Green and pleasant land: readers on six of the best places to visit in England
The timeless treasures of England’s natural and cultural heritage have an enduring appeal for travellers from far and wide. In a Lonely Planet list, England was named the second-best tourist destination in the world to visit in 2020, after Bhutan, earning its rank through “topicality, unique experiences and wow factor”. Here are some of our readers’ favourite undiscovered spots.
Sissinghurst Castle, Kent
The beautiful 20-hectare estate, nestled in the Weald, boasts a plethora of woodland and renowned gardens, as well as an orchard, a nuttery and a moat, making it perfect for rambling and wildlife- watching all year round.
Trough of Bowland, Lancashire
Whether you are a walker or a cyclist, you will find solace in this valley, tucked away in the Forest of Bowland (itself a designated area of outstanding beauty) – a dramatic, remote landscape of heather moorland, farms and quiet lanes. Known for fine local produce and breathtaking scenery, Bowland makes for a wild rural retreat and is only a stone’s throw from Preston and Lancaster.
Helford estuary, Cornwall
Tucked between Falmouth and the Lizard peninsula, the scenic estuary is ideal for bird watching, spotting marine life and enjoying aquatic activities such as sailing, kayaking and snorkelling. There are shoreline villages brimming with pubs and quiet gardens, while the secluded beaches and wooded inland creeks can also be explored by boat.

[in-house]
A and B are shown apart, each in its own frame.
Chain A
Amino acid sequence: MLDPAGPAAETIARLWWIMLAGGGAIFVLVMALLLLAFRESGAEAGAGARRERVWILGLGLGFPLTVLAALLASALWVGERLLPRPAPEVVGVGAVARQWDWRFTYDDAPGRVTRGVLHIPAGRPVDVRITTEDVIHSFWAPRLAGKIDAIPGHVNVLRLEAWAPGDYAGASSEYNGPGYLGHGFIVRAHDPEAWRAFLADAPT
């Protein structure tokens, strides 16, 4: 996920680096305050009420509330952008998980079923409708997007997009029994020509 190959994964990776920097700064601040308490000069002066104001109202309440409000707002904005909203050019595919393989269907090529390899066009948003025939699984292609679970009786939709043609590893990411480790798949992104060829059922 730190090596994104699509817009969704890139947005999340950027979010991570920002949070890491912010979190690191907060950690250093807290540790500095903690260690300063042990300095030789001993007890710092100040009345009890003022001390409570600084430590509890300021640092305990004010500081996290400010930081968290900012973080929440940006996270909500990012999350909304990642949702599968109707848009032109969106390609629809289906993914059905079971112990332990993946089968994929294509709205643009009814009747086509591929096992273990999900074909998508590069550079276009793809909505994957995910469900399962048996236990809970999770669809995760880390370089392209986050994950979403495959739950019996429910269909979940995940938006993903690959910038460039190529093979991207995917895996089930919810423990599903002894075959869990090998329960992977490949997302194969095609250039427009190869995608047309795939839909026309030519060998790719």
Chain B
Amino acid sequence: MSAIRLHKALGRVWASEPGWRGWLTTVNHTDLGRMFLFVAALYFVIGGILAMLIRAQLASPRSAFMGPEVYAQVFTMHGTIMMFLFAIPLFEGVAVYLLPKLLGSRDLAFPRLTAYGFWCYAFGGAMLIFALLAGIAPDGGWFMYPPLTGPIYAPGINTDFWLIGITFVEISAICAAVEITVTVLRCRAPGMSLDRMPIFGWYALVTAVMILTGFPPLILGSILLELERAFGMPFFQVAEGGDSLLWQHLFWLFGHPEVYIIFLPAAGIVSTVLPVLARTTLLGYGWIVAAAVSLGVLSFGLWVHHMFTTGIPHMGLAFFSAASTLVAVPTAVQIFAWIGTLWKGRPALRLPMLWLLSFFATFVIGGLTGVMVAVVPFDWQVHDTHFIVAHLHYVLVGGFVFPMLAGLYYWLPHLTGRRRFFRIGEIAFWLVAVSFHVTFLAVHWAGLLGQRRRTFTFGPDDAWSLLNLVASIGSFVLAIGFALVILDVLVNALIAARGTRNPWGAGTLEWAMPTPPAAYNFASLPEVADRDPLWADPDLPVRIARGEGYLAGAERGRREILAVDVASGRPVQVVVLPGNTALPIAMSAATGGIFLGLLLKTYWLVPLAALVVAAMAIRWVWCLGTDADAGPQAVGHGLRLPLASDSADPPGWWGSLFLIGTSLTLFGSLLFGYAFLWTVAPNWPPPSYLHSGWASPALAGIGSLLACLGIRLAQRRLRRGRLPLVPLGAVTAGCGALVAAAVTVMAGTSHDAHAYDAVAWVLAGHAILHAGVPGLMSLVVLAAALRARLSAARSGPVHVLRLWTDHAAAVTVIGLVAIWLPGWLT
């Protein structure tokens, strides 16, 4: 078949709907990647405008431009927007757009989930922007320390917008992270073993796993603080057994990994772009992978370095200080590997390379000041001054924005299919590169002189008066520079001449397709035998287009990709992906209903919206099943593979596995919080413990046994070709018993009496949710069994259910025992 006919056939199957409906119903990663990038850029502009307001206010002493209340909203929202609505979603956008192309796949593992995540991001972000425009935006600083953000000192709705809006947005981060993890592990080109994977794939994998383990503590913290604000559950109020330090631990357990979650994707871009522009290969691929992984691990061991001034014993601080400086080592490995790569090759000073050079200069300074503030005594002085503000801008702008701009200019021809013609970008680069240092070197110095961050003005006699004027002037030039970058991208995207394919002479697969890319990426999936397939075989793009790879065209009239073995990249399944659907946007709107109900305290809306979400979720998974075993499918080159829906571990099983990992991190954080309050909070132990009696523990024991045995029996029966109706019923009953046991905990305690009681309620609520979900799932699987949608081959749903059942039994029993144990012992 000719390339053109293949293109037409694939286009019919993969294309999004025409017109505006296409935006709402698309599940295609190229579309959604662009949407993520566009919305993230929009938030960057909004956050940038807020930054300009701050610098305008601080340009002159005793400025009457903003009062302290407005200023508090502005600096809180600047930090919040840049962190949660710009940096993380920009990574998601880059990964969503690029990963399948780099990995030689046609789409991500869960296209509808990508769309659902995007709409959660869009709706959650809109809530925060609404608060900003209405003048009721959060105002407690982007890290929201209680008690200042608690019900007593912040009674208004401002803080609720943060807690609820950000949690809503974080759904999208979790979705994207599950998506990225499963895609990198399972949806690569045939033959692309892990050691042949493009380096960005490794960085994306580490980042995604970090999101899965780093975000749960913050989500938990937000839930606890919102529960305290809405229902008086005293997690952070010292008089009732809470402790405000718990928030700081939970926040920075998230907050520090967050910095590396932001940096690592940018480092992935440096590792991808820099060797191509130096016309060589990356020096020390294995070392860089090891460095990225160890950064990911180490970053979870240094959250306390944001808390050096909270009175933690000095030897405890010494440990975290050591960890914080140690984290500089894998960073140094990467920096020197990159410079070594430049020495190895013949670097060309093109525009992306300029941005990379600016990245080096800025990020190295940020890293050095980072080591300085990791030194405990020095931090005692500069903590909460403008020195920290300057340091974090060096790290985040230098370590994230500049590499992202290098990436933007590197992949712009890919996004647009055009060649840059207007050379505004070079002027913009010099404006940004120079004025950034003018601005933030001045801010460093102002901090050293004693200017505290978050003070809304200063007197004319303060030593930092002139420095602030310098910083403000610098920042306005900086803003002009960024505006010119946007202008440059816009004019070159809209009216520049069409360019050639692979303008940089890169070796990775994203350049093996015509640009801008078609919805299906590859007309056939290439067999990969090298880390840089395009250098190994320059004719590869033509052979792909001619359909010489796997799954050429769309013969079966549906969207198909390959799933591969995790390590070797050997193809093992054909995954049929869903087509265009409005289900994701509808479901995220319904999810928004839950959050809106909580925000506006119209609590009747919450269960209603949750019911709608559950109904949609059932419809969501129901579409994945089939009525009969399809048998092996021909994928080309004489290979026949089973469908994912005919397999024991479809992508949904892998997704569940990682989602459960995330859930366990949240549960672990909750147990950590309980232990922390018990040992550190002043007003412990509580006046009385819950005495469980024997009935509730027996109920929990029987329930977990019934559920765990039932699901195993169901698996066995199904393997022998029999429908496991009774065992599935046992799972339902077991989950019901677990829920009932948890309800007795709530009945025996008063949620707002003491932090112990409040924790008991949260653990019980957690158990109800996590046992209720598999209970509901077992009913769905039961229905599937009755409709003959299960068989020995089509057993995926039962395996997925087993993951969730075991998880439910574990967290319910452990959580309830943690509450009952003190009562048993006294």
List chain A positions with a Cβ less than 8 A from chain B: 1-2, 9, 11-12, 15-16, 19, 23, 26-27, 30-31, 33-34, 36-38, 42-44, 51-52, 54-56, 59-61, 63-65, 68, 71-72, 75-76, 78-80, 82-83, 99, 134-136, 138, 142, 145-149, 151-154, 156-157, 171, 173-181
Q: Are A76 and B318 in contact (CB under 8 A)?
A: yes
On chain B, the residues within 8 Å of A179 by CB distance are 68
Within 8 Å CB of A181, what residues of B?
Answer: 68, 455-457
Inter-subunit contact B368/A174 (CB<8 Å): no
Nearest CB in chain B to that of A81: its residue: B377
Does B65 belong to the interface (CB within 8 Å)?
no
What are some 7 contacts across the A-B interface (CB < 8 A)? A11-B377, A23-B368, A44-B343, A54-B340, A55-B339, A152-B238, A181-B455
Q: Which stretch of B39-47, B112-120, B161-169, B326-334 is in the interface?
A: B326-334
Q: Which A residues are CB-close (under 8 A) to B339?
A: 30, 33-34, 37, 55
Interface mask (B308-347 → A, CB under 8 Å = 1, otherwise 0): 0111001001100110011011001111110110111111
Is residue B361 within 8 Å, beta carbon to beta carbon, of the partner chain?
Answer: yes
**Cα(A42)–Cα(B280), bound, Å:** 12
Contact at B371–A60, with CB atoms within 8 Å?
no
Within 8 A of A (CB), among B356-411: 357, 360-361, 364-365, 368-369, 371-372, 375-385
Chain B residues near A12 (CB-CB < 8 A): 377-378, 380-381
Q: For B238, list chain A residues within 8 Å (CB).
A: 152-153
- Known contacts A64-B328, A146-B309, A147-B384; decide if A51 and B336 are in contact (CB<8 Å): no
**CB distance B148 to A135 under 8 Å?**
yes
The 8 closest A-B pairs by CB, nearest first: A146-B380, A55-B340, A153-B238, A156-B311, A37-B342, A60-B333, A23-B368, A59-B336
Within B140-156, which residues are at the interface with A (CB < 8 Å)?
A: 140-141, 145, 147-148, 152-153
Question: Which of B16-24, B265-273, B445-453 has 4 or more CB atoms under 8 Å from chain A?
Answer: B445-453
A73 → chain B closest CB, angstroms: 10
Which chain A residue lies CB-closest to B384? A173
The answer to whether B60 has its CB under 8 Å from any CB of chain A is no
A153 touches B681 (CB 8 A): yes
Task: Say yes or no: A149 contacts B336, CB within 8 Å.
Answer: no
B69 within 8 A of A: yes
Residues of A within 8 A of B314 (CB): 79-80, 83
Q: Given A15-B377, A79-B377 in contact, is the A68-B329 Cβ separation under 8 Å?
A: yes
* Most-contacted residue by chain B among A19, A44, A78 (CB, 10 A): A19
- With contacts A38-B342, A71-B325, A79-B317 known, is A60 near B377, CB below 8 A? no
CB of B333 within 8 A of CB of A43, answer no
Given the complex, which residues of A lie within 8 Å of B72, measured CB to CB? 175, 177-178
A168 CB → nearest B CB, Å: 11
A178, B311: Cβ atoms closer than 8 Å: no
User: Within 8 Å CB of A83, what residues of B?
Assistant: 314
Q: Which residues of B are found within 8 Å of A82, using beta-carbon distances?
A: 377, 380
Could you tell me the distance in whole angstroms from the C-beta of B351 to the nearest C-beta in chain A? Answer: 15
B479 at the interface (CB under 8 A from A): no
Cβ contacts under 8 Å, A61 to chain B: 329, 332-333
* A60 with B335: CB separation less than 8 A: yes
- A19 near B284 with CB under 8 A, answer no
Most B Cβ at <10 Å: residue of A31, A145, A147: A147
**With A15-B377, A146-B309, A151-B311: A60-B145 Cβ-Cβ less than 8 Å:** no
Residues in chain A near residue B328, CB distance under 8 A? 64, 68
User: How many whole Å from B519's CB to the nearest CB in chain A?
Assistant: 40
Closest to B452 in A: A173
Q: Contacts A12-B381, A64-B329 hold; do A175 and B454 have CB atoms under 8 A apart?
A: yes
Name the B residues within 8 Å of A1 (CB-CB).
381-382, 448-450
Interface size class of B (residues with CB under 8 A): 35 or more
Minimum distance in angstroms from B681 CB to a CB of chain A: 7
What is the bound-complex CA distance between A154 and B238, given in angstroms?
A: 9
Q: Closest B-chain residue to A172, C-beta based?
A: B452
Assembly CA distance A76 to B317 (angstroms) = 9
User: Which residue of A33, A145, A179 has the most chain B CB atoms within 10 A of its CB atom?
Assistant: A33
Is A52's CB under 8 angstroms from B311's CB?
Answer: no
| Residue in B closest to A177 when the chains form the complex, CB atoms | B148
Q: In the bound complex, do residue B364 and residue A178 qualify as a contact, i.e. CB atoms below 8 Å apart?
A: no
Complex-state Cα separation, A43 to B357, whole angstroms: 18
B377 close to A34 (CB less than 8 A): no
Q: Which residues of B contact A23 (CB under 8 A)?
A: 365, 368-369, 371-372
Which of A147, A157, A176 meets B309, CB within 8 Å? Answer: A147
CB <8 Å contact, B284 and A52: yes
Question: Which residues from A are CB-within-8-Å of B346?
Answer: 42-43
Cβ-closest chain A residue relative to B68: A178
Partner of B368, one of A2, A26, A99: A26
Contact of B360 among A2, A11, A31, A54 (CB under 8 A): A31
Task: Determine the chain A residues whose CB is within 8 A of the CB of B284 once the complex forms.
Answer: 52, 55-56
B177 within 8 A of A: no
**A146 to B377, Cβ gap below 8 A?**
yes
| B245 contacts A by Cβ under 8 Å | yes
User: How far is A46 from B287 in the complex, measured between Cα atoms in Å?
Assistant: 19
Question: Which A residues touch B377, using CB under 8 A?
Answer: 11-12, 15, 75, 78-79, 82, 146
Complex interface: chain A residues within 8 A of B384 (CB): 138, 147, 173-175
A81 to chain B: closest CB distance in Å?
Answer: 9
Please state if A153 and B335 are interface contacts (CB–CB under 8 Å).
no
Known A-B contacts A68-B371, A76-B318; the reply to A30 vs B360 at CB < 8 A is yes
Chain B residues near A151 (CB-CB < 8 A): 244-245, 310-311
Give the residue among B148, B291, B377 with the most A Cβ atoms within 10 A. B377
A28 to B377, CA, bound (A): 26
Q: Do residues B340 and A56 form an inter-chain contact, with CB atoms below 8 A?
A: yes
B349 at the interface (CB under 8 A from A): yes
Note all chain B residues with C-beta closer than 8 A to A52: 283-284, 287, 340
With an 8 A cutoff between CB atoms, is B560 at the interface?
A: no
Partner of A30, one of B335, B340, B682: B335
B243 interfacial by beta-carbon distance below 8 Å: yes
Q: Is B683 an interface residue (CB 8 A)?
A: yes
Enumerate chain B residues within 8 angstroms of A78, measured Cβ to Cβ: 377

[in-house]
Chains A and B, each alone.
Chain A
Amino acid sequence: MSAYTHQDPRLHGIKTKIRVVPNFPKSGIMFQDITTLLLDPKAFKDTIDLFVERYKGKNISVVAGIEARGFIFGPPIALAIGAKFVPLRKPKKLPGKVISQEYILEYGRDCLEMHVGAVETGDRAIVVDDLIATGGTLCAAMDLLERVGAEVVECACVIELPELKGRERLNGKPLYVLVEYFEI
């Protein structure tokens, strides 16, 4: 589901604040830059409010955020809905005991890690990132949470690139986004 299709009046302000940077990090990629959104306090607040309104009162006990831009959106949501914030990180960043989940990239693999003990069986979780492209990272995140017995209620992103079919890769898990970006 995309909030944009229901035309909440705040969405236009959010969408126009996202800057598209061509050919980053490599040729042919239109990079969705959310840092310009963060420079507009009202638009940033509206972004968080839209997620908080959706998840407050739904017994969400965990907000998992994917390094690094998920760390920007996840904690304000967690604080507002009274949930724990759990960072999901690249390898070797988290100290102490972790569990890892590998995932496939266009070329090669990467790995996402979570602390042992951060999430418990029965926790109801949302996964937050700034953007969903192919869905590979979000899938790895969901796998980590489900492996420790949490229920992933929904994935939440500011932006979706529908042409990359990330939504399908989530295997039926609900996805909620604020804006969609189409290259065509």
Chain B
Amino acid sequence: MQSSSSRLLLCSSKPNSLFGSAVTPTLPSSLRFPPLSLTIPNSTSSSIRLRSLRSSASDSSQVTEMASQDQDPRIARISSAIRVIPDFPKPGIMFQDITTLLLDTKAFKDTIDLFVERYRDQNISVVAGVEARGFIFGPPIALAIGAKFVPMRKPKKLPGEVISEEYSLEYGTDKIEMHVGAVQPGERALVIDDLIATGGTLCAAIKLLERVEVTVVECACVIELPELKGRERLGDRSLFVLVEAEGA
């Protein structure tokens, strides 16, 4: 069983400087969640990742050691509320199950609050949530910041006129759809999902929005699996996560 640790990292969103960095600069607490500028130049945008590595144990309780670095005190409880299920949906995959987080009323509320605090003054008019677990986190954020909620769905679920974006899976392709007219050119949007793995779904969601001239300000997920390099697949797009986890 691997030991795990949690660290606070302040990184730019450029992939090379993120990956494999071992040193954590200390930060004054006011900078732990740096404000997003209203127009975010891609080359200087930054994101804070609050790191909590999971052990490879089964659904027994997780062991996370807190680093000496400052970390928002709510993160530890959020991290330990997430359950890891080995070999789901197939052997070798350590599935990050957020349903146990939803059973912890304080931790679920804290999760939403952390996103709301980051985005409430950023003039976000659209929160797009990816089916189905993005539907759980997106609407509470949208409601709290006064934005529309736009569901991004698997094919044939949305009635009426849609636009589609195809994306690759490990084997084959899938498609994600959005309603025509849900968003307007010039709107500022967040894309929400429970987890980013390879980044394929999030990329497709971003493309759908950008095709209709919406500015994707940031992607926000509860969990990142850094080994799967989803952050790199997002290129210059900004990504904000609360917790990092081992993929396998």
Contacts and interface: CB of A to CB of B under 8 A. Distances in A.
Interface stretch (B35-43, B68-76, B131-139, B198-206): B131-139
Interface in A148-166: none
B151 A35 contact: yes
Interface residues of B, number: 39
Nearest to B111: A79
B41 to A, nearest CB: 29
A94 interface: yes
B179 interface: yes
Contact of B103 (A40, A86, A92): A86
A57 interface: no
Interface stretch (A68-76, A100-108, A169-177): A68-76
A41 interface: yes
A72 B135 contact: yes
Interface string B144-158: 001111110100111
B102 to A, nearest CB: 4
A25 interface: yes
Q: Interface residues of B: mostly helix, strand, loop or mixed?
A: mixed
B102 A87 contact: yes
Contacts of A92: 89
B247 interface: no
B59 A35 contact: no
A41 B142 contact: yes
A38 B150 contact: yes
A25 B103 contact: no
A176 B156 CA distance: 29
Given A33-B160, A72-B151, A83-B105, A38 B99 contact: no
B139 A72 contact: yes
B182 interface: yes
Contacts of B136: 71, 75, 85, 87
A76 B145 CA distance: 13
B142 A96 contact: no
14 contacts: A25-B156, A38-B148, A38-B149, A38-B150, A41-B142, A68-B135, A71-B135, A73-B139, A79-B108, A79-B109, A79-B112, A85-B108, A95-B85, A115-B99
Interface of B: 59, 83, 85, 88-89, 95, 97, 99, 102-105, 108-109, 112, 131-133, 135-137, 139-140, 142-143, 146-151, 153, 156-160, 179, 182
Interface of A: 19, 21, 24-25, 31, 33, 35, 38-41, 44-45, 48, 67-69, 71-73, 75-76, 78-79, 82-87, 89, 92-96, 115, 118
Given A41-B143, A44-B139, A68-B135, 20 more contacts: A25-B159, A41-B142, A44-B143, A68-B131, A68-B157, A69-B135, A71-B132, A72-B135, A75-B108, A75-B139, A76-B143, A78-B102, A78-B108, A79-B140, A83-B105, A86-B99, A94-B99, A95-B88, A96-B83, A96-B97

Charles I is thought to have called the view from Bridgnorth the finest in the kingdom. Split in two by the River Severn, residents are transported from High Town to Low Town by the Cliff Railway, the oldest and steepest inland electrical funicular in England. The ruins of Bridgnorth Castle lean at an angle of 15 degrees – four times the lean of the leaning tower of Pisa.
Painshill Park, Surrey
The 18th-century landscape garden, wildflower meadows and working vineyard scratch the surface of what Painshill has to offer. Throw a Turkish tent, a crystal grotto, a gothic tower and the stunning Serpentine lake into the mix and you have a gorgeous day out.
Kirkby Lonsdale, Cumbria
The quaint, historic market town on the edge of the Yorkshire Dales makes a great base for exploring the unspoiled surrounding countryside. Highlights include ancient monuments such as the triple-arched Devil’s Bridge and the famous Ruskin’s View, immortalised by JMW Turner.